Implications of the consultation process on legal provisions
The stakeholder consultation process is very important, at least in terms of outputs. While it is good to follow fair, formal procedures on running the consultation in accordance with principles, standards and guidelines, it is foremost about soliciting useful feedback in order to craft quality legislation. Some examples of past consultations in the area of copyright (see A. Vetulani-Cęgiel, 2015) show the importance of a proper and balanced stakeholder consultation and its consequences on the legislative proposals for copyright directives.
One example is Directive 2011/77/EU amending Directive 2006/116/EC on the term of protection of copyright and certain related rights. The Commission’s legislative work on the proposal for a new directive took only a few months (February – July 2008). This did not leave much room for opponents of the proposal to lobby against this initiative, especially since the Commission did not contemplate any further consultation. The specific consultation, run before the announcement of the legislative work, was very narrowly-tailored. It consisted of bilateral consultations with performers’ associations and the recording industry (2006 – 2007) and of studies, both independent and prepared for the benefit of groups representing rights holders (2006 – 2007). The Commission had also opened public consultations on the review of the EC legal framework in the field of copyright and related rights (2004). However, these consultations were not dedicated to the issue of the term of protection of copyright and related rights—their scope was much broader. Moreover, the Commission declared that “the term of protection for phonogram producers does not cause particular concern since the term has been harmonised in the Community”. The scope of both the proposal and the directive reflected the priorities of the phonogram industries and music artists, as the legal instrument provided for a term extension as well as additional measures beneficial to musicians. The narrow scope of the consultation made it impossible for opponents to actively participate in the debate and to present counterarguments. This, together with the controversies over the scope of the proposed legal instrument, proved that the entire Commission initiative to extend the term of protection of sound recordings was from the very beginning designed to benefit only the music sector (phonographic industry and, mainly, famous artists).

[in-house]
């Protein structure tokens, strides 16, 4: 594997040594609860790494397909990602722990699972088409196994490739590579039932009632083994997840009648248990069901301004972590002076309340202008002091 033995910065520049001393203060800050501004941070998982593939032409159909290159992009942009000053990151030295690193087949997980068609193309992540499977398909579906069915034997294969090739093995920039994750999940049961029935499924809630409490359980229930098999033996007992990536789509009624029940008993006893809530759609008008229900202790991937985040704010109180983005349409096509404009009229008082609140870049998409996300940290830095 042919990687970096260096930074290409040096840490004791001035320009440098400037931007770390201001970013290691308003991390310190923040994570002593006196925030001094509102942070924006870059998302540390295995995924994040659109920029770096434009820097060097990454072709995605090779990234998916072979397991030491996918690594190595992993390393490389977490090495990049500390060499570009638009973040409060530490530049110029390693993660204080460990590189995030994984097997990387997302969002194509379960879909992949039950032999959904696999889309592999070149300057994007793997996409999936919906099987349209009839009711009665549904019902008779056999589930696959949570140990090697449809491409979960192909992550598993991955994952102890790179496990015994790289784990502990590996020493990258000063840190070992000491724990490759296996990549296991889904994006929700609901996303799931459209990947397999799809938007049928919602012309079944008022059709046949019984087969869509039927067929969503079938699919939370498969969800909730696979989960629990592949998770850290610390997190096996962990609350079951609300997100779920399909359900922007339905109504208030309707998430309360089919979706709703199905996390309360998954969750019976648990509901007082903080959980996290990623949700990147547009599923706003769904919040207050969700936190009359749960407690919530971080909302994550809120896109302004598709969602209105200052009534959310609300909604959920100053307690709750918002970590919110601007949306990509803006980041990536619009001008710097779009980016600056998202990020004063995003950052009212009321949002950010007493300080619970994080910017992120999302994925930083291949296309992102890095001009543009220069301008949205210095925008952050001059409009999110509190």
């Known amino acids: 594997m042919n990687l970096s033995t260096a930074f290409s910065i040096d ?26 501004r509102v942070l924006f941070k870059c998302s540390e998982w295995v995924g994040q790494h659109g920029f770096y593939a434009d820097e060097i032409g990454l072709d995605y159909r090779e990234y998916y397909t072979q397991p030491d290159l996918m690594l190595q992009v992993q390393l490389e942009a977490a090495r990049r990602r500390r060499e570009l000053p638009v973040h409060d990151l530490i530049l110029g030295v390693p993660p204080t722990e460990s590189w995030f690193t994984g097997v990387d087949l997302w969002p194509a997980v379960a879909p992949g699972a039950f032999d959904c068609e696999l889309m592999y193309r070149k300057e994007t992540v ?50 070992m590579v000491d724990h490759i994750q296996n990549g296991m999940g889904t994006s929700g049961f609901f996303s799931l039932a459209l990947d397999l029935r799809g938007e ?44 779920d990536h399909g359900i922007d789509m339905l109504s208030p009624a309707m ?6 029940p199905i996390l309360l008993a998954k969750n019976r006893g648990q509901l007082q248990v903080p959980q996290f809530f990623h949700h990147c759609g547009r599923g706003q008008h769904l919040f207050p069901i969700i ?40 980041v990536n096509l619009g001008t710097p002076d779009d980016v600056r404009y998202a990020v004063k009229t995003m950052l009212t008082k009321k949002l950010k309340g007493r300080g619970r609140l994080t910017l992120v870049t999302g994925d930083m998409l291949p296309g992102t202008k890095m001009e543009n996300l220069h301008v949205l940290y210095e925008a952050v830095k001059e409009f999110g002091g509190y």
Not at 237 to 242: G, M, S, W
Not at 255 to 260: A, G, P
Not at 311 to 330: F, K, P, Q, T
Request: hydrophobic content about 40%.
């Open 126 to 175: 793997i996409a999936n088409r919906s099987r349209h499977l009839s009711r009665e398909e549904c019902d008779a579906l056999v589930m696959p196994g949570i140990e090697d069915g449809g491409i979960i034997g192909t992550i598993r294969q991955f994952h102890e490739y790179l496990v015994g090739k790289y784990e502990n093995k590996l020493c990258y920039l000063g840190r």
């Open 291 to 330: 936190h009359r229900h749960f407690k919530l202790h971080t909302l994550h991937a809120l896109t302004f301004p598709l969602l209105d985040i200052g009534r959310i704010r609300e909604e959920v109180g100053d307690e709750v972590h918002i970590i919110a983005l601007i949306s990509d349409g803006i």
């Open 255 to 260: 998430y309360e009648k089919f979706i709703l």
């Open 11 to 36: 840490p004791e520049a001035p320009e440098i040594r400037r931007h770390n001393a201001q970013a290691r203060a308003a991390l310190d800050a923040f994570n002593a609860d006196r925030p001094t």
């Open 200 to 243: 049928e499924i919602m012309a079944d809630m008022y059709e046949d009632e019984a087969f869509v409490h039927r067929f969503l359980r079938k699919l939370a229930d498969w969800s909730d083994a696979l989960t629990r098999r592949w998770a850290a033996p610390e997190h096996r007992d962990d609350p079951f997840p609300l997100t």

Another example is that of Directive 2012/28/EU on certain permitted uses of orphan works. Here, the consultation process was much broader compared to the previous case. Most of the consultations took place within three advisory groups, namely the High Level Expert Group (HLEG) on Digital Libraries – Copyright Subgroup (2006 – 2009), the Working Groups on Sector-Specific Guidelines on Due Diligence Criteria for Orphan Works (2007 – 2008), and the Reflection Group (or “Comité des Sages”) on Bringing Europe’s Cultural Heritage Online (2010 – 2011). Apart from this, stakeholders could also participate in the debate within the following initiatives: the Stakeholders’ Seminar (2007), the Green Paper on Copyright in the Knowledge Economy (2008), the Public Hearing on Orphan Works (2009) and on a bilateral basis (2009 – 2010). The Commission proposal was mainly based on recommendations of advisory groups, especially the HLEG on Digital Libraries. In general, it foresaw the possibility of using orphan works within the realm of cultural institutions. In practice, the scope of the proposal was a result of interests at stake (especially of those that were represented in advisory fora), which was mainly cultural institutions, who called for the lawful use of orphan works and, to some extent, right holders, who were primarily against the idea. One of the weakest points in the consultation process was the absence of groups representing consumers of intellectual property, and also users of the protected content. The result was that the legal instrument did not cover the possibility of using orphan works by entities other than cultural institutions.
The legislative instruments presented by the aforementioned cases raised many controversies. The main problem was the narrow scope of the provisions, which were limited to specific beneficiaries. Also, the consultation processes had weaknesses. One problem was an inadequate representation of interests during the consultation process. Such a situation led to an unbalanced output of consultations which falsely indicated the social demand for a legislative change.
New consultation challenges. Where is the problem?